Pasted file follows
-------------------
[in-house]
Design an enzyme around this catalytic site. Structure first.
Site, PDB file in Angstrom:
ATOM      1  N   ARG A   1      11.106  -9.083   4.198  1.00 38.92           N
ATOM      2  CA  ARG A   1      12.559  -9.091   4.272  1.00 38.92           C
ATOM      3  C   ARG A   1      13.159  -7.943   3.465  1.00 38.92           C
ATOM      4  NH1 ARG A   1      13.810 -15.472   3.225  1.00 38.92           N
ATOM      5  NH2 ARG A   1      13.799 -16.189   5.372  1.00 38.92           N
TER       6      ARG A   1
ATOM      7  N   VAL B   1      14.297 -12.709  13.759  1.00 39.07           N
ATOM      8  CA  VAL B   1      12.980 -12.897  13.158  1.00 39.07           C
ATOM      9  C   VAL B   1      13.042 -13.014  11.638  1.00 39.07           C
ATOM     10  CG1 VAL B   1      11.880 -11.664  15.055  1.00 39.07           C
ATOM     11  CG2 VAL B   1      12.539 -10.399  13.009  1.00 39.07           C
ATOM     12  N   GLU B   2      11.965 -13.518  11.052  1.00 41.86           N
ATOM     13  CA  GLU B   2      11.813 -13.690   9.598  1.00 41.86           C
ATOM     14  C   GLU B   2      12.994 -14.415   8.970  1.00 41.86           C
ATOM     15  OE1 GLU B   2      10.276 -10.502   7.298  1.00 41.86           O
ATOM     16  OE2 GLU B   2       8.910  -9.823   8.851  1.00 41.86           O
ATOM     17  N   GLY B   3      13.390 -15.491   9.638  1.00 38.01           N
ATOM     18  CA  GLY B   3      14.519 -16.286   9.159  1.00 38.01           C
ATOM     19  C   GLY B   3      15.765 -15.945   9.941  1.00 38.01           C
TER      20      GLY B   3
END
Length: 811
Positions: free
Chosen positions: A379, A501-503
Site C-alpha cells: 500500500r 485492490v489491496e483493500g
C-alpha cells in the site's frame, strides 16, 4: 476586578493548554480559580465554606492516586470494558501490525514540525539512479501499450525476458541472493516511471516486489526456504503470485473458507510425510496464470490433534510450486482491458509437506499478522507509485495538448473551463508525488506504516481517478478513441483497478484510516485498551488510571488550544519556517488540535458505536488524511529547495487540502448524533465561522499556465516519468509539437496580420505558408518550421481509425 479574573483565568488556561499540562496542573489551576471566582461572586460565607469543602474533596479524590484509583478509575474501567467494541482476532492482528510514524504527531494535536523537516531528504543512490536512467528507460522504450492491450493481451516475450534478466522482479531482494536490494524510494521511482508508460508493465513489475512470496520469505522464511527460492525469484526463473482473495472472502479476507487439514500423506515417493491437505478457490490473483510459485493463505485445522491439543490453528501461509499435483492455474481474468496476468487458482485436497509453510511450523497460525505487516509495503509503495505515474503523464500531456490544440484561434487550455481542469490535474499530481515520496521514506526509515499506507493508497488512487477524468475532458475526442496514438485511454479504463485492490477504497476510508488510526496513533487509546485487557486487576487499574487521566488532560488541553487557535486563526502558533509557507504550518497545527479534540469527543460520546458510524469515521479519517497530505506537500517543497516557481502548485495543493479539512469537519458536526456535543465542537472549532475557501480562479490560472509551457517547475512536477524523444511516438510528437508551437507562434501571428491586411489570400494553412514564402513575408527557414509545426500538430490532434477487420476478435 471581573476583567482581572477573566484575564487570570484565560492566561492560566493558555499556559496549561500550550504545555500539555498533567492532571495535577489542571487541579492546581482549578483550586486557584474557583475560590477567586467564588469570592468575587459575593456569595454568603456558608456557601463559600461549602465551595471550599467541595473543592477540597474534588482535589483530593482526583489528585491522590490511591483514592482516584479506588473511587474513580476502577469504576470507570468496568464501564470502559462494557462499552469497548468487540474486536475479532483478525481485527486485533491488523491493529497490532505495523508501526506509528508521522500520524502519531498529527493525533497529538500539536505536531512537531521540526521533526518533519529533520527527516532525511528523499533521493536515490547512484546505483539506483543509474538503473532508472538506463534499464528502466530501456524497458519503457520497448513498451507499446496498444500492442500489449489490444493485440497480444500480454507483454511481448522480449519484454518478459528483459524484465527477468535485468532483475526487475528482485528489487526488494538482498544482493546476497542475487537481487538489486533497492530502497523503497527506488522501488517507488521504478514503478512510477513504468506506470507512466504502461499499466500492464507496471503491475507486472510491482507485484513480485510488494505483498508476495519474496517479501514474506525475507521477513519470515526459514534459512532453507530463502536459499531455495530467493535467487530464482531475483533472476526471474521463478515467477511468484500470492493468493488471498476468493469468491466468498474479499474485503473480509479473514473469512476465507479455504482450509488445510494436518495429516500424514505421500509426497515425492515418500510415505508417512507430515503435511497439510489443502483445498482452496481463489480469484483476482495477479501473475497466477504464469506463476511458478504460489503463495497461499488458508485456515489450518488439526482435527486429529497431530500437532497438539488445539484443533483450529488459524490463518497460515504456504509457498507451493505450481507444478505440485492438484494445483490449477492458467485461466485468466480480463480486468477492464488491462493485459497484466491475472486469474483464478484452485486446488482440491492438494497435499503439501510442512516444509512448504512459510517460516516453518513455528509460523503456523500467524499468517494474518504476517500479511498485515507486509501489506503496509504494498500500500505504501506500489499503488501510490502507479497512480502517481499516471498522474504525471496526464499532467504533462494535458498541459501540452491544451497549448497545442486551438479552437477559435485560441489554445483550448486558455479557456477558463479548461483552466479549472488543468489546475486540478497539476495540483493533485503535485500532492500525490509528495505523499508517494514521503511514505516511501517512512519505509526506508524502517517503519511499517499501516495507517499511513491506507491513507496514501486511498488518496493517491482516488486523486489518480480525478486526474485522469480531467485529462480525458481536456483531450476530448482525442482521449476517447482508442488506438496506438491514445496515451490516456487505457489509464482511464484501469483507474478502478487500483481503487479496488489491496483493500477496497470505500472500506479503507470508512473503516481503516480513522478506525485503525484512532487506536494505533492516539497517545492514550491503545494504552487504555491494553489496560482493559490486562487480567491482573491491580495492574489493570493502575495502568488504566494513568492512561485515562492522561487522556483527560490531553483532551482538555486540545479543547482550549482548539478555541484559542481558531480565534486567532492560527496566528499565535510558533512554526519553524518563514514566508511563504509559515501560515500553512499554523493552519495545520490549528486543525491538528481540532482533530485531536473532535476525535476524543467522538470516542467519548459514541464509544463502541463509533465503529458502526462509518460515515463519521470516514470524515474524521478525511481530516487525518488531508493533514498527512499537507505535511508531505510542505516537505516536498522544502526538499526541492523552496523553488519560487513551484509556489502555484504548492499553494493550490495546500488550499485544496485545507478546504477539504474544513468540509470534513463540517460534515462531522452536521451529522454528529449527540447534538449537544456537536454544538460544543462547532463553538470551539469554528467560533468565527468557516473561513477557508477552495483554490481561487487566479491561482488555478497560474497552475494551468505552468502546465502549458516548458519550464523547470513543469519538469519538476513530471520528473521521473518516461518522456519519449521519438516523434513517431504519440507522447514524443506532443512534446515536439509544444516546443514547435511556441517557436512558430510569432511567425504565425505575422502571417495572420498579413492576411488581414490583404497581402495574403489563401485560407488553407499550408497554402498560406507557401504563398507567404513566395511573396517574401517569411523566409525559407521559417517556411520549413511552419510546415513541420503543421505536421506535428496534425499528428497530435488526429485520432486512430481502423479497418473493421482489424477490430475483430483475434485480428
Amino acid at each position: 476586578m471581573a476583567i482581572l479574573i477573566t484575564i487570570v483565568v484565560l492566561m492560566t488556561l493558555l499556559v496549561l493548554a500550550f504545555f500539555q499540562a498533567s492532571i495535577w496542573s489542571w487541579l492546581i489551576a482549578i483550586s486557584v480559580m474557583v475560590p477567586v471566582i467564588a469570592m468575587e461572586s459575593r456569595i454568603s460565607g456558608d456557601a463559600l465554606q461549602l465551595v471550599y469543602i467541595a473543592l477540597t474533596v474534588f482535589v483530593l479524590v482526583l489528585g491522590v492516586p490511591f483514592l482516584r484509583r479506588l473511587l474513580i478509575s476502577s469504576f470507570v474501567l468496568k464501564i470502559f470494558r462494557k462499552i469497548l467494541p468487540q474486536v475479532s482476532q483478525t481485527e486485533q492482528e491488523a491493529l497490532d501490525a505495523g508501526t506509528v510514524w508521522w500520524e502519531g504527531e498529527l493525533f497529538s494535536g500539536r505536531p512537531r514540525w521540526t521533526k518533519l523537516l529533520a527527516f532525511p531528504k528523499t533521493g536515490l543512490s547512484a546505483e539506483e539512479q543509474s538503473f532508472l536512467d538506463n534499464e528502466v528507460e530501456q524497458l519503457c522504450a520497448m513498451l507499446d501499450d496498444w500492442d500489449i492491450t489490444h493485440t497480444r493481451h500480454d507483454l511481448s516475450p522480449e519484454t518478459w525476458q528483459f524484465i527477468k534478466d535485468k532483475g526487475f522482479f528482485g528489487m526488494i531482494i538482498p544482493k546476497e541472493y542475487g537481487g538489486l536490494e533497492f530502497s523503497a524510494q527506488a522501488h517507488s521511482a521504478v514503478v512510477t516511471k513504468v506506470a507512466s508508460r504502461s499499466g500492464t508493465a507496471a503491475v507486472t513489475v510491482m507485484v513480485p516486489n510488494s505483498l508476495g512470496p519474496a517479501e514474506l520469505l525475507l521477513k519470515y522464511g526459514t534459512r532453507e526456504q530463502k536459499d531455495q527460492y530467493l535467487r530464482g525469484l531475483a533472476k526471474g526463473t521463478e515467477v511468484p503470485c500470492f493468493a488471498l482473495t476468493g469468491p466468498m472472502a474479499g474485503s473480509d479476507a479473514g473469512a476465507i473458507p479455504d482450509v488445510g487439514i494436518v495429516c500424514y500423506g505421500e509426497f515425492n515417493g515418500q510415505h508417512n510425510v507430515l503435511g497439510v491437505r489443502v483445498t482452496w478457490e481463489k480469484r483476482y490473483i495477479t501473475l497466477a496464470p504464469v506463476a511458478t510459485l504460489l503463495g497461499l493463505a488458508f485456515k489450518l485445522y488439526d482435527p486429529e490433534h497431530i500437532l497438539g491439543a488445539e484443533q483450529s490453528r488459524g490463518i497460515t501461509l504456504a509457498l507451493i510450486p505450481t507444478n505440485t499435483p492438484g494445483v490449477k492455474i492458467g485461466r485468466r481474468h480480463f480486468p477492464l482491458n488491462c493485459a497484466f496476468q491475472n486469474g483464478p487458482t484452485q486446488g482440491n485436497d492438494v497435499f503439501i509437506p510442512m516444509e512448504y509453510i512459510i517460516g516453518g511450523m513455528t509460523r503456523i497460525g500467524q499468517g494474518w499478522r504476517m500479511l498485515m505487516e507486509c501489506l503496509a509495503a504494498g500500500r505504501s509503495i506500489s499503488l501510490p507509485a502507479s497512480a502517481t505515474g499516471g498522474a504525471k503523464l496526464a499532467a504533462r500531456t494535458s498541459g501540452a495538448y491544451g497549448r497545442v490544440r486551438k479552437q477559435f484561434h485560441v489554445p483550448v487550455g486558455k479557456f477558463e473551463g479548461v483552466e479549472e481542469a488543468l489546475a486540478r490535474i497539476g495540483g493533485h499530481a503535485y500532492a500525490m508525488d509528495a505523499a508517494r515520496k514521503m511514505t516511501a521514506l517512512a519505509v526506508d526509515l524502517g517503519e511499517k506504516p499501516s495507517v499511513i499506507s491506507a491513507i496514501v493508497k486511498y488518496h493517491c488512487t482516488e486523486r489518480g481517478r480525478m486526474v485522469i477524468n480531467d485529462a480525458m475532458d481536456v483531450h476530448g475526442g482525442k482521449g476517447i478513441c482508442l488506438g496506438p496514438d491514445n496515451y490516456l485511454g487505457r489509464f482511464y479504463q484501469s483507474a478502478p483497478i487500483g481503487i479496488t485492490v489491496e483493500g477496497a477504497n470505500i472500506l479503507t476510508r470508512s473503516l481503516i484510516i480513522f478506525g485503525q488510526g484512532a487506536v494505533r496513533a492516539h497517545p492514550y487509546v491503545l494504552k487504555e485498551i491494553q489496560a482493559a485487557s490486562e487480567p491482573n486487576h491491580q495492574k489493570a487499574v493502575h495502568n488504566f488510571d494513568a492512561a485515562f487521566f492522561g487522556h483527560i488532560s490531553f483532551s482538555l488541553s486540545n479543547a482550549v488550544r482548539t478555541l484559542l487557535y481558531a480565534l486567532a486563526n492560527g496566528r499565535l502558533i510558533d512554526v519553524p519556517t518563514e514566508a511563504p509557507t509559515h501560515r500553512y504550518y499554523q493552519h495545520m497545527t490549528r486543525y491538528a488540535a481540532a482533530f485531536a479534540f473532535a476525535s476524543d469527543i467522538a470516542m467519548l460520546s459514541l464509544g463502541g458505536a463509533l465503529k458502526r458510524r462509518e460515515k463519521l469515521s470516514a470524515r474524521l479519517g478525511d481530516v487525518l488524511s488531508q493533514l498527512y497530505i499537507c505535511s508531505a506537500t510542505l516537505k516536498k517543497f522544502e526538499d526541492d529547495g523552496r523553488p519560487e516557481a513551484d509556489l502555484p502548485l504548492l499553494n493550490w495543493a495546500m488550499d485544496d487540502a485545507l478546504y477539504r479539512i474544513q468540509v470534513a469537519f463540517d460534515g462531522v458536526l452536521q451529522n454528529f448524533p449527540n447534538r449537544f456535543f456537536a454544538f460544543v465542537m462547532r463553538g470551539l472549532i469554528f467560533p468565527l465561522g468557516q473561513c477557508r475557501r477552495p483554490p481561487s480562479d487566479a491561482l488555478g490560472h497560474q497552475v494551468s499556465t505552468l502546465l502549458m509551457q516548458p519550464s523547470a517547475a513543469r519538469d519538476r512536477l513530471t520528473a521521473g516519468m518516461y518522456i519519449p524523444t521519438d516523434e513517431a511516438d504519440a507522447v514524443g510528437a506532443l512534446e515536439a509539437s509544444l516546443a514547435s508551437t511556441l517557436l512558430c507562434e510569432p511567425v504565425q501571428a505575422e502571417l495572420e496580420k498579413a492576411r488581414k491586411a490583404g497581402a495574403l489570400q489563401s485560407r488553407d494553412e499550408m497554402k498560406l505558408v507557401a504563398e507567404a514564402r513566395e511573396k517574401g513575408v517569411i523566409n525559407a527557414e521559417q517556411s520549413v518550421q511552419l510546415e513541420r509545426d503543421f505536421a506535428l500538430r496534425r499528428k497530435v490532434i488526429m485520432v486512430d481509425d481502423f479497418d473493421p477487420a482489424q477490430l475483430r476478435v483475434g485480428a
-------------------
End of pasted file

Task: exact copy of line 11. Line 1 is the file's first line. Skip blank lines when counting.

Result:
ATOM      8  CA  VAL B   1      12.980 -12.897  13.158  1.00 39.07           C